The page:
Paradox? No, not at all. Man was made to know and to worship the Absolute. If you eliminate the Absolute, then you will simply insert something else in its place -- a false absolute -- which is what all statist, socialist, and collectivist schemes do. When Hillary Clinton promises that she is going to steal your money because she knows better how to spend it than you do, first of all, believe her.
But secondly, realize that she is "the voice of the nihil," for the human being represents the "absolute within the relative," a state of affairs from which all of our sacred rights and obligations emanate. This is why there is nothing so precious as a human being, whose freedom and dignity are absolute, and whose "relative sovereignty" must be respected.
In this regard, America's founding avatars were the diamatriarchical opposite of Hillary. In contrast to her, their philosophy represents the political program of true vertical understanding. This is why they could say with perfect clarity that we are endowed by our Creator with certain inalienable rights. This is just another way of saying that the Absolute exists a priori, and that our absolute rights only exist in light of this fact. Take away the Absolute, and no rights can intrinsically exist. And if they don't, then reach for your wallet, because your money absolutely belongs to Hillary. So says Petey, the wise, the compassionate, the mirthiful!
The founders did not enumerate all of the rights that follow from the affirmation of the Absolute, but among them are, of course, life, liberty, and the pursuit of happiness. Here again, each of these is absolute. Make no mistake, either a human life is infinitely precious or it is worthless. You can pretend that there is some middle ground, but you are simply pretending and you know it, you rascal.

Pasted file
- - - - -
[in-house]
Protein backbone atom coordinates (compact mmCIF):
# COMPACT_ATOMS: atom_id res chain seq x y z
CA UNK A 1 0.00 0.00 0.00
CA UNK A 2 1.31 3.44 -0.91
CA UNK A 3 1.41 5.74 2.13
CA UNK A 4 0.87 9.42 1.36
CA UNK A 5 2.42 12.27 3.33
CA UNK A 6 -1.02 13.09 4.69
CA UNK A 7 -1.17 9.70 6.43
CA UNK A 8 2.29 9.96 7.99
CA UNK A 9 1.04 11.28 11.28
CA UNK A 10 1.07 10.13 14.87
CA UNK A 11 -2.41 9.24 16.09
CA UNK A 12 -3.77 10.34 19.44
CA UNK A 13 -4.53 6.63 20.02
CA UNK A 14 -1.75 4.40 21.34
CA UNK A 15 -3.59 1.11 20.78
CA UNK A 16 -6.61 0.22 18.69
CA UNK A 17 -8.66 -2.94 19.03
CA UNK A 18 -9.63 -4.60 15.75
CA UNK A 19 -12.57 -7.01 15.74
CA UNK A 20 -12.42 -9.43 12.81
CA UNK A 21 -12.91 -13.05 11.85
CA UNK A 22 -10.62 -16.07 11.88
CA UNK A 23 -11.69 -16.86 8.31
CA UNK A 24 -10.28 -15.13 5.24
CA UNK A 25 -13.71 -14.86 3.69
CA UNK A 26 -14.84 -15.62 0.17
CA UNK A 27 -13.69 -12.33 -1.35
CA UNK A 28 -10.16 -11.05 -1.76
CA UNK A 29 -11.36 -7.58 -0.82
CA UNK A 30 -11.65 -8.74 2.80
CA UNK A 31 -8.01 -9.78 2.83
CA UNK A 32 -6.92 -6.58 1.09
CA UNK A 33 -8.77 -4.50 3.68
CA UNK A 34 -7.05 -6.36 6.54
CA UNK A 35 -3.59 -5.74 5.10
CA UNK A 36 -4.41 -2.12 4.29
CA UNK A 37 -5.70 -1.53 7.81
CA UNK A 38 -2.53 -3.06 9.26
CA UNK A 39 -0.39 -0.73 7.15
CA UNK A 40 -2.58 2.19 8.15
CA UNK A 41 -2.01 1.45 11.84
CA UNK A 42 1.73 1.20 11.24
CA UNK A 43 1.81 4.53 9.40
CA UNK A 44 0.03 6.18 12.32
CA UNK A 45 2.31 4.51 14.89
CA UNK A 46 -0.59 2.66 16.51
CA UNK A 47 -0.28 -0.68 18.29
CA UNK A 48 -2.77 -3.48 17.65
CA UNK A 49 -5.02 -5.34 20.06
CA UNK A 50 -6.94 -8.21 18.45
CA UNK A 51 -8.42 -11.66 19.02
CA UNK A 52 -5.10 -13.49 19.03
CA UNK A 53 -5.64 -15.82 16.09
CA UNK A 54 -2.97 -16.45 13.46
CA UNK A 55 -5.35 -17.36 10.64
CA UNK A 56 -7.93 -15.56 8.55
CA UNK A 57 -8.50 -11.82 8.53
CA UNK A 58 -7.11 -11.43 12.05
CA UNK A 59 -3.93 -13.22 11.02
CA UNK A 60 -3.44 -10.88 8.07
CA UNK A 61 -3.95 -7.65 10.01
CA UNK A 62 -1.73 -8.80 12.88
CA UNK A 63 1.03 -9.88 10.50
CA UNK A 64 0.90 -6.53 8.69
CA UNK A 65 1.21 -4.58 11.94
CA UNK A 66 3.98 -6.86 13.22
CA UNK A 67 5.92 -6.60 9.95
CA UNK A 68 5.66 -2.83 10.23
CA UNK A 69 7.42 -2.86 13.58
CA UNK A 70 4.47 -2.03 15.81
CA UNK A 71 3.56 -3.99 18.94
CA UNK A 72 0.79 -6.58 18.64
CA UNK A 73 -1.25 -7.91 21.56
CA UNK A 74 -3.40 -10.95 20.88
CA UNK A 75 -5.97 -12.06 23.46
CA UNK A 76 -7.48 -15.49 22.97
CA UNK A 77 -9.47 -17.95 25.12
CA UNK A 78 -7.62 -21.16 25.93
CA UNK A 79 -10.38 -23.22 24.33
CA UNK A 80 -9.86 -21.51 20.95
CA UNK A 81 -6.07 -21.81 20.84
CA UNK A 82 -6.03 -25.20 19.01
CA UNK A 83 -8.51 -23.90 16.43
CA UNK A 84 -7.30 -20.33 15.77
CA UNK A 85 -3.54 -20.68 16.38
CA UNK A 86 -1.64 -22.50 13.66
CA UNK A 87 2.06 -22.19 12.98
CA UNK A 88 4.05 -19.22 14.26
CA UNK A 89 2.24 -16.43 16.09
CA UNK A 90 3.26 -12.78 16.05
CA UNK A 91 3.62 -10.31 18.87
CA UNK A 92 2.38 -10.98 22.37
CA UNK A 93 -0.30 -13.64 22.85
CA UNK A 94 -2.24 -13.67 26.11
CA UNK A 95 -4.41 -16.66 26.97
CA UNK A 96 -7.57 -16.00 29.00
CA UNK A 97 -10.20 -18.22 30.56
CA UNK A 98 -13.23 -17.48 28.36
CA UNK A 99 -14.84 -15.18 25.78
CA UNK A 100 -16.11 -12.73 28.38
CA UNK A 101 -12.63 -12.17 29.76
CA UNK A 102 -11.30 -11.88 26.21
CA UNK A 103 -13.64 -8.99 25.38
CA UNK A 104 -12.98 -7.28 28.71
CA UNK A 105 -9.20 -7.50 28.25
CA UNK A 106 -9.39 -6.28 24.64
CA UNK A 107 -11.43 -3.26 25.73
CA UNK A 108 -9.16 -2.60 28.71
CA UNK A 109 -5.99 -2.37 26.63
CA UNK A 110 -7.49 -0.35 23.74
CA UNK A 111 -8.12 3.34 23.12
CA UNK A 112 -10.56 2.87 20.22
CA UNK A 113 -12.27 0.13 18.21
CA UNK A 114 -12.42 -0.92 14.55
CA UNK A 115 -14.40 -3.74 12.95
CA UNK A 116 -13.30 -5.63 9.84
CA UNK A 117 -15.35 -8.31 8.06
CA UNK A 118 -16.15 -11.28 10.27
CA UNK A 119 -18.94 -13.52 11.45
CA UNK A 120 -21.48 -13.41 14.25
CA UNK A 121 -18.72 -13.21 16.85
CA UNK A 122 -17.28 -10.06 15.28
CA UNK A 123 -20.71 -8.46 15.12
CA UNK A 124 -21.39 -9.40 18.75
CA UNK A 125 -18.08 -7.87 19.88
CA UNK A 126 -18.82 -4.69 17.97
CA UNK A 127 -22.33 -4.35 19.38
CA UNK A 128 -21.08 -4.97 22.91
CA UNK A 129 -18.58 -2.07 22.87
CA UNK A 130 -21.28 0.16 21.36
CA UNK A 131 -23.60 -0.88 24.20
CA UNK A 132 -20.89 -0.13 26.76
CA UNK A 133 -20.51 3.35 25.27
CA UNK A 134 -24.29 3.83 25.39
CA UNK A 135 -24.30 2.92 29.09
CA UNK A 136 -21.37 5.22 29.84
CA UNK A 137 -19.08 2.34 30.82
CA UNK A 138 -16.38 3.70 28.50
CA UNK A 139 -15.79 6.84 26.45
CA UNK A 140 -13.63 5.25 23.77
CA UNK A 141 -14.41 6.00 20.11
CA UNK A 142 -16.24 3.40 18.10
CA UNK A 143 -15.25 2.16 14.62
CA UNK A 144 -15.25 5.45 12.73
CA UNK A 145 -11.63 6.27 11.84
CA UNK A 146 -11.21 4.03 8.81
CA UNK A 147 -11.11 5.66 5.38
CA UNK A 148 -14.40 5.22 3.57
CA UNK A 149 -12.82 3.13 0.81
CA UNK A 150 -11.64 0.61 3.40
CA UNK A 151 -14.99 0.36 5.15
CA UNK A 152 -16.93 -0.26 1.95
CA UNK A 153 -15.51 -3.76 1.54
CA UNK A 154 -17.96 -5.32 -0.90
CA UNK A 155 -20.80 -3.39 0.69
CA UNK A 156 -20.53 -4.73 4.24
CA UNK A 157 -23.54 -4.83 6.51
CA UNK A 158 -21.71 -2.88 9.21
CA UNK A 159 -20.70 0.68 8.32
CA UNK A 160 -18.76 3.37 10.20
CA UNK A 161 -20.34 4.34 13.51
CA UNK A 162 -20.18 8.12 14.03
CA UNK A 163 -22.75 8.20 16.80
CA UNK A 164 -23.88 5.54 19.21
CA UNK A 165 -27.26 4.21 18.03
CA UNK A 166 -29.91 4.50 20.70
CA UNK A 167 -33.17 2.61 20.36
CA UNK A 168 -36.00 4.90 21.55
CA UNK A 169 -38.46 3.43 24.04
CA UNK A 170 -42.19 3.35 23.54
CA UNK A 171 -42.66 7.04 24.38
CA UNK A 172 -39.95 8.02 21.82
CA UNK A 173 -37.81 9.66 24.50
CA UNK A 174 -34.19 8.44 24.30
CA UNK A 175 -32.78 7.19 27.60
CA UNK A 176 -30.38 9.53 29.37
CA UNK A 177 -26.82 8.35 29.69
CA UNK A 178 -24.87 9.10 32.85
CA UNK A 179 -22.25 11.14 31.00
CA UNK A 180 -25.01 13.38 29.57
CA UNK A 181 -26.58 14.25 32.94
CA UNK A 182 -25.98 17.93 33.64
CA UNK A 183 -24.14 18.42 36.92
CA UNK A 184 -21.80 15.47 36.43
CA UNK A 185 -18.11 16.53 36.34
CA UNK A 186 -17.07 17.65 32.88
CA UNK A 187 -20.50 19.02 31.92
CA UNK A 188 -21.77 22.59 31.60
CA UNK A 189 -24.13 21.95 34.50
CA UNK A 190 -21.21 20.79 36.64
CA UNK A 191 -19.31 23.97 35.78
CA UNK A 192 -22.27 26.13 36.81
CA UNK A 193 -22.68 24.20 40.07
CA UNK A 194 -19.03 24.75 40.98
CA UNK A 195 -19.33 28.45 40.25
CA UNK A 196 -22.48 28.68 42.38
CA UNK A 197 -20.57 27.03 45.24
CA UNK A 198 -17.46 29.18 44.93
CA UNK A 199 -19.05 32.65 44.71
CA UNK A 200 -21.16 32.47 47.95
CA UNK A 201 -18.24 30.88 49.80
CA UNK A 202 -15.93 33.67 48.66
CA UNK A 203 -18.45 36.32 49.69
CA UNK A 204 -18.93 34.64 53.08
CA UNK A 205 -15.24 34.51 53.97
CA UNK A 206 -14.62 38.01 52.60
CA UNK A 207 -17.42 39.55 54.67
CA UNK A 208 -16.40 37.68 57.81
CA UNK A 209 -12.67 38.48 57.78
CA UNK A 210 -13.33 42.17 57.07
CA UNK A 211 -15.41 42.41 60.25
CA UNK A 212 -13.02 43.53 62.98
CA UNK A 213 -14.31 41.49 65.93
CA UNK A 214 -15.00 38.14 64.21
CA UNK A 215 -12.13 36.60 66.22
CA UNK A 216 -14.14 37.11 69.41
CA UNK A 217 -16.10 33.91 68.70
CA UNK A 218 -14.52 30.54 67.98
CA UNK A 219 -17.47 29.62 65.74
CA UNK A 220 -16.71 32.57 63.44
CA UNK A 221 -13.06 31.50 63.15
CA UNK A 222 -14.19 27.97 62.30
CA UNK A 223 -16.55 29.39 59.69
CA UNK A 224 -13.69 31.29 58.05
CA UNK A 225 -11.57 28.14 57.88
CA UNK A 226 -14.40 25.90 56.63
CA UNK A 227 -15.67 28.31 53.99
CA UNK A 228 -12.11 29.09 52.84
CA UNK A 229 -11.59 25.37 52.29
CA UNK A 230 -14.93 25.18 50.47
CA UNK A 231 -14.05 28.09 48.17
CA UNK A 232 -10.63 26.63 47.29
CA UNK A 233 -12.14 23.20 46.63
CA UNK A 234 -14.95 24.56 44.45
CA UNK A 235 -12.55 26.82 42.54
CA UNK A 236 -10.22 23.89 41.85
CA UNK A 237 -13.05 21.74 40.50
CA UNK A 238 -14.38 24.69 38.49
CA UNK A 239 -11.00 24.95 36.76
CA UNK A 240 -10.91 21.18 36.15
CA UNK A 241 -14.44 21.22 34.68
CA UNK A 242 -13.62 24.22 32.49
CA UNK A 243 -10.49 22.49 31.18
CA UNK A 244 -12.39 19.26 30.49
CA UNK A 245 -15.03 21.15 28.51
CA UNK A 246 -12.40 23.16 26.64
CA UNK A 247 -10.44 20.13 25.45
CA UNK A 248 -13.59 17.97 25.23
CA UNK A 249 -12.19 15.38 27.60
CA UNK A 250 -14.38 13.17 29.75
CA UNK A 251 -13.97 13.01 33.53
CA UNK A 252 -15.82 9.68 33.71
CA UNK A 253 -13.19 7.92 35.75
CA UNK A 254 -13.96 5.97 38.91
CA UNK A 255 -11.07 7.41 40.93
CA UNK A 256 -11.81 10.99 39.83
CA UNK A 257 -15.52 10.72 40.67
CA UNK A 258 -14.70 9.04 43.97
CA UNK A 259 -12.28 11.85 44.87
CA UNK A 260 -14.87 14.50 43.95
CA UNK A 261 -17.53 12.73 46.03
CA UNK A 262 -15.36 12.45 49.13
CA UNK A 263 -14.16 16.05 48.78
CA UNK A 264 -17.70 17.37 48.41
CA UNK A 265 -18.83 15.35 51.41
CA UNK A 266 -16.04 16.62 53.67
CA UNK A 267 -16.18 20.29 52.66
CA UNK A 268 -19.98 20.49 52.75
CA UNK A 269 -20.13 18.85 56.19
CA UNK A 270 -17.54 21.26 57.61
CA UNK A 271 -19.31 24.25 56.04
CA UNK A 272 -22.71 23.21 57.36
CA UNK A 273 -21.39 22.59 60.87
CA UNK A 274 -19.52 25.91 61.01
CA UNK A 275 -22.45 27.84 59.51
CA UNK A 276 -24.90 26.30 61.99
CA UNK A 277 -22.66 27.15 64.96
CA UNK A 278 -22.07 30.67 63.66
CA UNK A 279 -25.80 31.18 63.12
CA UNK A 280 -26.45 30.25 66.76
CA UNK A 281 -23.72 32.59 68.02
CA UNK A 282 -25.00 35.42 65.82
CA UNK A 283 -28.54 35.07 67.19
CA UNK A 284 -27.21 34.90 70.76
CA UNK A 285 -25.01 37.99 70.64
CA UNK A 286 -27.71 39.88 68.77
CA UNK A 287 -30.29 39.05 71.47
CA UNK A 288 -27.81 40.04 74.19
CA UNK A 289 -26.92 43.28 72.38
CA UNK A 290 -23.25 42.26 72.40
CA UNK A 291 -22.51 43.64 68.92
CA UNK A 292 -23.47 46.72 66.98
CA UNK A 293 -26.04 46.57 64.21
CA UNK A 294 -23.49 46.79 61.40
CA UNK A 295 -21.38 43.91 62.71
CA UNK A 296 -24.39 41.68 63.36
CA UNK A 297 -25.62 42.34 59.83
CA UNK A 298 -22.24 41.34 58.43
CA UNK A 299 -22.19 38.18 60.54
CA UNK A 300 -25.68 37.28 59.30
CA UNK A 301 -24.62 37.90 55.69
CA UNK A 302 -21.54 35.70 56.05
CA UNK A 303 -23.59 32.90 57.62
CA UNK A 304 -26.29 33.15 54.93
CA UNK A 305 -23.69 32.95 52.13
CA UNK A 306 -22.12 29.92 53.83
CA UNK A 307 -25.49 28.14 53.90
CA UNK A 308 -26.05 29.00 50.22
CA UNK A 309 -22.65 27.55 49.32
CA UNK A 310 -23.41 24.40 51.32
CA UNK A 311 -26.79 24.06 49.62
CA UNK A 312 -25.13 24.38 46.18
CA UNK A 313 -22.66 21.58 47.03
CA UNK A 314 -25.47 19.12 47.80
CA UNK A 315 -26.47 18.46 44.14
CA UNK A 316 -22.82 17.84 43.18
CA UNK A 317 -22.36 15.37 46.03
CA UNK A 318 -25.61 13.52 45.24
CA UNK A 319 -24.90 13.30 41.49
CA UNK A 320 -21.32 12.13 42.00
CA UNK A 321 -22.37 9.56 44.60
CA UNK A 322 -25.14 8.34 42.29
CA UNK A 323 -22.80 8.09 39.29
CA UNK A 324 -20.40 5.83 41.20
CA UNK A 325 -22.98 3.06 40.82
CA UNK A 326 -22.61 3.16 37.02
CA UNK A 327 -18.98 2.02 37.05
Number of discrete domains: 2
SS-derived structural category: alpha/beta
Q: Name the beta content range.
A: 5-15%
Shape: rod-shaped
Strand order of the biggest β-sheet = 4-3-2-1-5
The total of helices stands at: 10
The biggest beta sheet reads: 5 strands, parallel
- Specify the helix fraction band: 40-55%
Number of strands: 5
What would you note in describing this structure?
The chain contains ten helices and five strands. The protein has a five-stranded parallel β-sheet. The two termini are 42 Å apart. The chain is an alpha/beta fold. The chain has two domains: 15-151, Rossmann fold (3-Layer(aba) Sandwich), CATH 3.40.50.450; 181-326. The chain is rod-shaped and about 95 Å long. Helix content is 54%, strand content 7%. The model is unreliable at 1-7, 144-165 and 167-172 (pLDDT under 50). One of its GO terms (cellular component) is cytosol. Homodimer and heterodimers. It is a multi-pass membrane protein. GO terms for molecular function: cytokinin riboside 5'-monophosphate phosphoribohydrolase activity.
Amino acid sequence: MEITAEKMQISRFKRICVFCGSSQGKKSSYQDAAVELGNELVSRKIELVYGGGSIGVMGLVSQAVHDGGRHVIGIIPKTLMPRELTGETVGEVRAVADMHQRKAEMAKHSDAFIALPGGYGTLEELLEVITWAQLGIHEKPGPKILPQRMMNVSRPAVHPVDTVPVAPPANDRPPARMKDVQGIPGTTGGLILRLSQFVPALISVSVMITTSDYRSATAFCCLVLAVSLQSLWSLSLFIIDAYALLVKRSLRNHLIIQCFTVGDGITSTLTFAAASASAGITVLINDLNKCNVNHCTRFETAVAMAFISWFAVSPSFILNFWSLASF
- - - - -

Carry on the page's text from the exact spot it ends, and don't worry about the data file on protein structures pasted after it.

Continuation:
If human beings are really nothing more than Darwinian machines that resulted from a random shuffling of material genes, then obviously, there can be no absolute rights, only human agreements. By definition, our rights cannot be rooted in anything transcendent or timelessly true. Is this not obvious? Again, the only thing I ask of leftists is that they have the courage of their absence of convictions and admit that their first commandment pulls certain inevitable ramifications in its wake, including the absence of any meaning aside from what we make up -- which is no meaning at all.
Liberty too can only be derived from the real first commandment. This is why the first commandment of nihilism always leads to one or another form of slavery. The slavery may be physical or it may be psychological, and you may well forge the fetters of your own enslavement, but make no mistake, you will be a slave -- a slave to the passions, to ideology, to maya, to the relative, to anything other than God. This is why surrender to God is the way of liberty, while surrender to anything less is the way of slavery. Therefore, St. Paul is simply passing along a metaphysical truism when he says Now the Lord is the Spirit; and where the Spirit of the Lord is, there is liberty.